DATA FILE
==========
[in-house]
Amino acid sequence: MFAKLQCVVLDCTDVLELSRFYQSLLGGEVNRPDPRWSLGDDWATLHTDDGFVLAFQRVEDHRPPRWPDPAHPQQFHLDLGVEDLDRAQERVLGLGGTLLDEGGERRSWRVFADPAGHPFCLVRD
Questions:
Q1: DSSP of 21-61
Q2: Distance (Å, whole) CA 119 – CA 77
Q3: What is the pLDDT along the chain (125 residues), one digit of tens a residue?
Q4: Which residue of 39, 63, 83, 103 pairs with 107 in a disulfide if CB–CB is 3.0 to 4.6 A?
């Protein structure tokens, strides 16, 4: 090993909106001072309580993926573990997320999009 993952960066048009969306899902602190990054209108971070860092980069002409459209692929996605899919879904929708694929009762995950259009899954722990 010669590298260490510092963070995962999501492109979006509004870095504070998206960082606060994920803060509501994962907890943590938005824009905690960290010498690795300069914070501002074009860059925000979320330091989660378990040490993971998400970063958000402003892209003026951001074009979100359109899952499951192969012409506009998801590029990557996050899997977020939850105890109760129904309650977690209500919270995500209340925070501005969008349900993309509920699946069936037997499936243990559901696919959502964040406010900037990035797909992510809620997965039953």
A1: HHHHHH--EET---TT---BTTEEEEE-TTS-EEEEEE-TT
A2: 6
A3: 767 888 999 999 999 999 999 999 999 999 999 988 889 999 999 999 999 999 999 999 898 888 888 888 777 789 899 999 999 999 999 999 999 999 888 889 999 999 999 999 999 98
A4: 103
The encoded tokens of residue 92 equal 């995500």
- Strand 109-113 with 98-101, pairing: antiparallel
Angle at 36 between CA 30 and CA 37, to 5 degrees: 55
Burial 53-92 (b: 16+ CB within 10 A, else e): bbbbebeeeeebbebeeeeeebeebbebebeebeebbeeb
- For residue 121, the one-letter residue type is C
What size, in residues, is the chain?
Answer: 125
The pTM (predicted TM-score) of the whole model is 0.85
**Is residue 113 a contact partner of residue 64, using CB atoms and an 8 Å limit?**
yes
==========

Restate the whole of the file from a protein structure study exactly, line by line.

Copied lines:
[in-house]
Amino acid sequence: MFAKLQCVVLDCTDVLELSRFYQSLLGGEVNRPDPRWSLGDDWATLHTDDGFVLAFQRVEDHRPPRWPDPAHPQQFHLDLGVEDLDRAQERVLGLGGTLLDEGGERRSWRVFADPAGHPFCLVRD
Questions:
Q1: DSSP of 21-61
Q2: Distance (Å, whole) CA 119 – CA 77
Q3: What is the pLDDT along the chain (125 residues), one digit of tens a residue?
Q4: Which residue of 39, 63, 83, 103 pairs with 107 in a disulfide if CB–CB is 3.0 to 4.6 A?
């Protein structure tokens, strides 16, 4: 090993909106001072309580993926573990997320999009 993952960066048009969306899902602190990054209108971070860092980069002409459209692929996605899919879904929708694929009762995950259009899954722990 010669590298260490510092963070995962999501492109979006509004870095504070998206960082606060994920803060509501994962907890943590938005824009905690960290010498690795300069914070501002074009860059925000979320330091989660378990040490993971998400970063958000402003892209003026951001074009979100359109899952499951192969012409506009998801590029990557996050899997977020939850105890109760129904309650977690209500919270995500209340925070501005969008349900993309509920699946069936037997499936243990559901696919959502964040406010900037990035797909992510809620997965039953």
A1: HHHHHH--EET---TT---BTTEEEEE-TTS-EEEEEE-TT
A2: 6
A3: 767 888 999 999 999 999 999 999 999 999 999 988 889 999 999 999 999 999 999 999 898 888 888 888 777 789 899 999 999 999 999 999 999 999 888 889 999 999 999 999 999 98
A4: 103
The encoded tokens of residue 92 equal 């995500």
- Strand 109-113 with 98-101, pairing: antiparallel
Angle at 36 between CA 30 and CA 37, to 5 degrees: 55
Burial 53-92 (b: 16+ CB within 10 A, else e): bbbbebeeeeebbebeeeeeebeebbebebeebeebbeeb
- For residue 121, the one-letter residue type is C
What size, in residues, is the chain?
Answer: 125
The pTM (predicted TM-score) of the whole model is 0.85
**Is residue 113 a contact partner of residue 64, using CB atoms and an 8 Å limit?**
yes